Muscle of the Month


What is it and what does it do?
Supraspinatus is a member of the rotator cuff muscles which surround the shoulder joint. It initiates and assists in lifting the arm up and out.

Why have we chosen this muscle?
Well, it plays a big part in shoulder pain, a problem we often see, and it has an important role in our daily activities.

You may have either experienced or heard of certain conditions directly related to Supraspinatus…

Tendonitis (inflammation) of the Supraspinatus tendon is a common cause of shoulder pain when lifting the arm up high, or lying on your shoulder during the night. It is often caused by repetitive use of the arm.

Tears – recurrent inflammation can tear the tendon attached to Supraspinatus, which can cause shoulder pain, stiffness and restricted movement.

Looking at the whole picture…

As osteopaths, we believe that tailoring treatment towards the individual is vital. It is, of course, possible to read a textbook and allocate a treatment plan that best suits the condition; but the same method does not necessarily work for everybody. We all have the same basic structure, and physiology, but we are far from identical. Variation makes us interesting as human beings, and we have found that recognising variables in the body can play a big part in forming a successful treatment plan.

Let’s look at a basic example… Laura and Charlotte play squash 3 times a week together. They are both 30 and have the same level of fitness. Laura suffers from Tendonitis, which impacts on her life. Charlotte does not.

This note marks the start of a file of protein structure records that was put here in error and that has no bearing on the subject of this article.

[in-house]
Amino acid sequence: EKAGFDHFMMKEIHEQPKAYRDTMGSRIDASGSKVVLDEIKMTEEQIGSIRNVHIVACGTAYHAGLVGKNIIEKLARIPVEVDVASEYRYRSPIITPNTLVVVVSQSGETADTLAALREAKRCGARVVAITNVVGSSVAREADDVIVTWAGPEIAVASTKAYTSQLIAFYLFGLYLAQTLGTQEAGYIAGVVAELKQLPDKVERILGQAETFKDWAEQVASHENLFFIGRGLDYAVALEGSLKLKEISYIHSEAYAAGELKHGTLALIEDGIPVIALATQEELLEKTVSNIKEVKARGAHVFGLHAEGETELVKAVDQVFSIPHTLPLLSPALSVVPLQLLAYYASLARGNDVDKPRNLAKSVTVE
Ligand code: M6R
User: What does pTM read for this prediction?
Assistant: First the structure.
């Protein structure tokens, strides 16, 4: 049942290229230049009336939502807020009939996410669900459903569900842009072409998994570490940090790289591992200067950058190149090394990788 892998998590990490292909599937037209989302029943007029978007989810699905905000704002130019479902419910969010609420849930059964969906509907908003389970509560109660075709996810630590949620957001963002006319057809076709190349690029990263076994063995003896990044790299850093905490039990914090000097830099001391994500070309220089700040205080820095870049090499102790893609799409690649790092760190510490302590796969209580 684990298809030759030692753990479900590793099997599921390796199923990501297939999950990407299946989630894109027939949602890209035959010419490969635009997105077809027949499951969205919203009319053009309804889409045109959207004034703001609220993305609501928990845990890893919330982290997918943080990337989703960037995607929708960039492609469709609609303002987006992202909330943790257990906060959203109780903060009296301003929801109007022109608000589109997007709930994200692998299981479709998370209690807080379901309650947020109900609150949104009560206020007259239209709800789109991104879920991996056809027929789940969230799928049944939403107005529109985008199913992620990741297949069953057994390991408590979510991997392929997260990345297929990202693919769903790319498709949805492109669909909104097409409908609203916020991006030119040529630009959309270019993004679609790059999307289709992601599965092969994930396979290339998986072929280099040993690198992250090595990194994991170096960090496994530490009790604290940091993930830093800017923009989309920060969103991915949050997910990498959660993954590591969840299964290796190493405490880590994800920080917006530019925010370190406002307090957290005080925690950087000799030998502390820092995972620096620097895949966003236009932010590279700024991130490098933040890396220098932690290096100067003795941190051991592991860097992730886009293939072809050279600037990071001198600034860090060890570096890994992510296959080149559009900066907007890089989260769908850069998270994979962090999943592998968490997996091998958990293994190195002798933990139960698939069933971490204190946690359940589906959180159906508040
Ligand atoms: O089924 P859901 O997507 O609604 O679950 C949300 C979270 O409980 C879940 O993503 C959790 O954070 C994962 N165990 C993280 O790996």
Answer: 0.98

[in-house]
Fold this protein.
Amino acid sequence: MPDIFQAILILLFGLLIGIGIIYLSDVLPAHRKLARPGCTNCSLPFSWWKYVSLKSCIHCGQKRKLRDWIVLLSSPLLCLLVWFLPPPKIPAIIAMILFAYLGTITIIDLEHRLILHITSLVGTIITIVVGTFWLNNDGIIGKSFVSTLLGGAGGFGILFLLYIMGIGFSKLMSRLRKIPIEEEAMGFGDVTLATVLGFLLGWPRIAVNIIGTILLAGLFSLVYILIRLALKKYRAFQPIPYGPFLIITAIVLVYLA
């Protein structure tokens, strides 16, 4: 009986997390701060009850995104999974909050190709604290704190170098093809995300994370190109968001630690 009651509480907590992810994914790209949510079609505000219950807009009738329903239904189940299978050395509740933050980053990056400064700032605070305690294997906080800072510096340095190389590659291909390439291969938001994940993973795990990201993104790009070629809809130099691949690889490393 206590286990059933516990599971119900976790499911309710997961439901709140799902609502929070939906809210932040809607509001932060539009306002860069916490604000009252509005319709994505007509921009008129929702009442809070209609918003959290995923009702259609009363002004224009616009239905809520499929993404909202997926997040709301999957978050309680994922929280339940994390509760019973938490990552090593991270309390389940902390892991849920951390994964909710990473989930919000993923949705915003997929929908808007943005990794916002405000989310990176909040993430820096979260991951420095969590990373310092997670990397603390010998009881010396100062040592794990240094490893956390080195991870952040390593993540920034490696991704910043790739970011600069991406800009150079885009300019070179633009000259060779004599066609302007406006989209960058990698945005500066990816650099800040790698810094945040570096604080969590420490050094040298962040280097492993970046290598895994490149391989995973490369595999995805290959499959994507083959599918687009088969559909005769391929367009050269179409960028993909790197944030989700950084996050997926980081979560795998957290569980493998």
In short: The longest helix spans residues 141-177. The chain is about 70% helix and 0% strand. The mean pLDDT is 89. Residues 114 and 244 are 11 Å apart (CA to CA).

Why is that? Does a structural difference in Laura’s body contribute to this problem? What does she do for a living – does she have a job that requires repetitive arm movement? Are there other factors in her life that also need to be addressed?

Let’s say that Laura has a kyphotic spine (excessive curvature). This has caused her shoulder blade to roll forward and downward, which in turn has narrowed the exit route of the tendon, giving rise to impingement and inflammation. We may surmise that this is a contributing factor to her tendonitis.

As a result of this discovery, we would treat her spine alongside the tendon, thus relieving her symptoms swiftly, and minimising the chances of recurrence.

Laura then finds that subsequent to treatment on her spine, the tendon has improved, and it has also had a positive impact on her breathing as she is now able to take deeper breaths more easily, as opposed to her previous shallow breaths.

Everything we do, and who we are, interlinks; each aspect of ourselves has an effect on another aspect. This is the reason why we believe so strongly in looking at the person as a whole.

Spiced Chicken, Spinach and Sweet Potato Stew



  • 8 Chicken thighs, skinless and boneless